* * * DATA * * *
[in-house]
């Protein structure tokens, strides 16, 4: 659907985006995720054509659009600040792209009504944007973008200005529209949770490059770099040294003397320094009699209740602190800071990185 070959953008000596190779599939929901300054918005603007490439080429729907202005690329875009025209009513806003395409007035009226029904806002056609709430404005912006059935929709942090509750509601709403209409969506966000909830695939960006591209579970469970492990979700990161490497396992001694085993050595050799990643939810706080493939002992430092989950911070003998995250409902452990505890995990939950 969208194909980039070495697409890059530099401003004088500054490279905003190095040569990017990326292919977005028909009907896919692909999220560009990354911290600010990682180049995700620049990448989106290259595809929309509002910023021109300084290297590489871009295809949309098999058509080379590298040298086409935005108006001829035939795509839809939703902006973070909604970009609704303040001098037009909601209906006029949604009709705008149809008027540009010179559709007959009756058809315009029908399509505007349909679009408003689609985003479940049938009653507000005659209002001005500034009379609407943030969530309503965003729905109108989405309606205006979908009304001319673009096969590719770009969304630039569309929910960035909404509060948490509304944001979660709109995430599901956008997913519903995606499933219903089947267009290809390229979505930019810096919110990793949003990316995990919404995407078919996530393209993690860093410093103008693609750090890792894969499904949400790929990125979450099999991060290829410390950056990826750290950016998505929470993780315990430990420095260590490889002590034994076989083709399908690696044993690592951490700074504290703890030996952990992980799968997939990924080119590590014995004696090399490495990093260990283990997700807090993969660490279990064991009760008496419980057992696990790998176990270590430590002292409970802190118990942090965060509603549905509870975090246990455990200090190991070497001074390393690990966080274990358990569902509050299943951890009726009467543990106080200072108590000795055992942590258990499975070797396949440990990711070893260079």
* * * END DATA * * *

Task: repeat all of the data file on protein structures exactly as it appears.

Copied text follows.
[in-house]
């Protein structure tokens, strides 16, 4: 659907985006995720054509659009600040792209009504944007973008200005529209949770490059770099040294003397320094009699209740602190800071990185 070959953008000596190779599939929901300054918005603007490439080429729907202005690329875009025209009513806003395409007035009226029904806002056609709430404005912006059935929709942090509750509601709403209409969506966000909830695939960006591209579970469970492990979700990161490497396992001694085993050595050799990643939810706080493939002992430092989950911070003998995250409902452990505890995990939950 969208194909980039070495697409890059530099401003004088500054490279905003190095040569990017990326292919977005028909009907896919692909999220560009990354911290600010990682180049995700620049990448989106290259595809929309509002910023021109300084290297590489871009295809949309098999058509080379590298040298086409935005108006001829035939795509839809939703902006973070909604970009609704303040001098037009909601209906006029949604009709705008149809008027540009010179559709007959009756058809315009029908399509505007349909679009408003689609985003479940049938009653507000005659209002001005500034009379609407943030969530309503965003729905109108989405309606205006979908009304001319673009096969590719770009969304630039569309929910960035909404509060948490509304944001979660709109995430599901956008997913519903995606499933219903089947267009290809390229979505930019810096919110990793949003990316995990919404995407078919996530393209993690860093410093103008693609750090890792894969499904949400790929990125979450099999991060290829410390950056990826750290950016998505929470993780315990430990420095260590490889002590034994076989083709399908690696044993690592951490700074504290703890030996952990992980799968997939990924080119590590014995004696090399490495990093260990283990997700807090993969660490279990064991009760008496419980057992696990790998176990270590430590002292409970802190118990942090965060509603549905509870975090246990455990200090190991070497001074390393690990966080274990358990569902509050299943951890009726009467543990106080200072108590000795055992942590258990499975070797396949440990990711070893260079």